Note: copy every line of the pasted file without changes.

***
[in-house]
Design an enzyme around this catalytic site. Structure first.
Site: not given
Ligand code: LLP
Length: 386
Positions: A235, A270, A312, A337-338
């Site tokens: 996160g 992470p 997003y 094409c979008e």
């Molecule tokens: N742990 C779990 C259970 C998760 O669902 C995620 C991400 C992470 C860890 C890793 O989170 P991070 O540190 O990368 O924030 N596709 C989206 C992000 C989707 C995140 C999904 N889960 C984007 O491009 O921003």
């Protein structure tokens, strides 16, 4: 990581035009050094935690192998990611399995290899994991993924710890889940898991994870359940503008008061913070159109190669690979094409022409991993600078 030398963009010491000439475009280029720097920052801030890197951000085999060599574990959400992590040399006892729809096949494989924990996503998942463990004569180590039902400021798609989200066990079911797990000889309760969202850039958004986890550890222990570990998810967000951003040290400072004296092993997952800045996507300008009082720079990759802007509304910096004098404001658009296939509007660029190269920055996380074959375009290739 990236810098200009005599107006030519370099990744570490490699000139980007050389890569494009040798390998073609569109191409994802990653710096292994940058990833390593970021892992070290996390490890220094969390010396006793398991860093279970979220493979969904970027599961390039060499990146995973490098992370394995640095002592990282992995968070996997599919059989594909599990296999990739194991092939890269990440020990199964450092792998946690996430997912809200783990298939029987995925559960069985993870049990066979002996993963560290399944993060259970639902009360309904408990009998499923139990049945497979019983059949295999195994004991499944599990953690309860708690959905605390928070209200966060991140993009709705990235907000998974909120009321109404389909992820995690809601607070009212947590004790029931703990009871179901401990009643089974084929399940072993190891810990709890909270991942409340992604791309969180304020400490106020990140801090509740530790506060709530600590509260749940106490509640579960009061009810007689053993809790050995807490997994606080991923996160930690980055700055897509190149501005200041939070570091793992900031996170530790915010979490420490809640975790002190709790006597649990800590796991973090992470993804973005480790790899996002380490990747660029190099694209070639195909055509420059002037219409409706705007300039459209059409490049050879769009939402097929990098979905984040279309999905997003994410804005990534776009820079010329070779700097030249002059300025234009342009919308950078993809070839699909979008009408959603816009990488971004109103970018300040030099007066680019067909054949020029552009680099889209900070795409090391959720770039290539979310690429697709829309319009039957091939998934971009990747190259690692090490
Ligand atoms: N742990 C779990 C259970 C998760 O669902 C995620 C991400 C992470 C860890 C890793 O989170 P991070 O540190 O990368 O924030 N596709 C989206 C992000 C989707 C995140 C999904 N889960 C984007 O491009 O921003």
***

[in-house]
Design an enzyme around this catalytic site. Structure first.
Site: not given
Ligand code: LLP
Length: 386
Positions: A235, A270, A312, A337-338
């Site tokens: 996160g 992470p 997003y 094409c979008e």
């Molecule tokens: N742990 C779990 C259970 C998760 O669902 C995620 C991400 C992470 C860890 C890793 O989170 P991070 O540190 O990368 O924030 N596709 C989206 C992000 C989707 C995140 C999904 N889960 C984007 O491009 O921003």
């Protein structure tokens, strides 16, 4: 990581035009050094935690192998990611399995290899994991993924710890889940898991994870359940503008008061913070159109190669690979094409022409991993600078 030398963009010491000439475009280029720097920052801030890197951000085999060599574990959400992590040399006892729809096949494989924990996503998942463990004569180590039902400021798609989200066990079911797990000889309760969202850039958004986890550890222990570990998810967000951003040290400072004296092993997952800045996507300008009082720079990759802007509304910096004098404001658009296939509007660029190269920055996380074959375009290739 990236810098200009005599107006030519370099990744570490490699000139980007050389890569494009040798390998073609569109191409994802990653710096292994940058990833390593970021892992070290996390490890220094969390010396006793398991860093279970979220493979969904970027599961390039060499990146995973490098992370394995640095002592990282992995968070996997599919059989594909599990296999990739194991092939890269990440020990199964450092792998946690996430997912809200783990298939029987995925559960069985993870049990066979002996993963560290399944993060259970639902009360309904408990009998499923139990049945497979019983059949295999195994004991499944599990953690309860708690959905605390928070209200966060991140993009709705990235907000998974909120009321109404389909992820995690809601607070009212947590004790029931703990009871179901401990009643089974084929399940072993190891810990709890909270991942409340992604791309969180304020400490106020990140801090509740530790506060709530600590509260749940106490509640579960009061009810007689053993809790050995807490997994606080991923996160930690980055700055897509190149501005200041939070570091793992900031996170530790915010979490420490809640975790002190709790006597649990800590796991973090992470993804973005480790790899996002380490990747660029190099694209070639195909055509420059002037219409409706705007300039459209059409490049050879769009939402097929990098979905984040279309999905997003994410804005990534776009820079010329070779700097030249002059300025234009342009919308950078993809070839699909979008009408959603816009990488971004109103970018300040030099007066680019067909054949020029552009680099889209900070795409090391959720770039290539979310690429697709829309319009039957091939998934971009990747190259690692090490
Ligand atoms: N742990 C779990 C259970 C998760 O669902 C995620 C991400 C992470 C860890 C890793 O989170 P991070 O540190 O990368 O924030 N596709 C989206 C992000 C989707 C995140 C999904 N889960 C984007 O491009 O921003």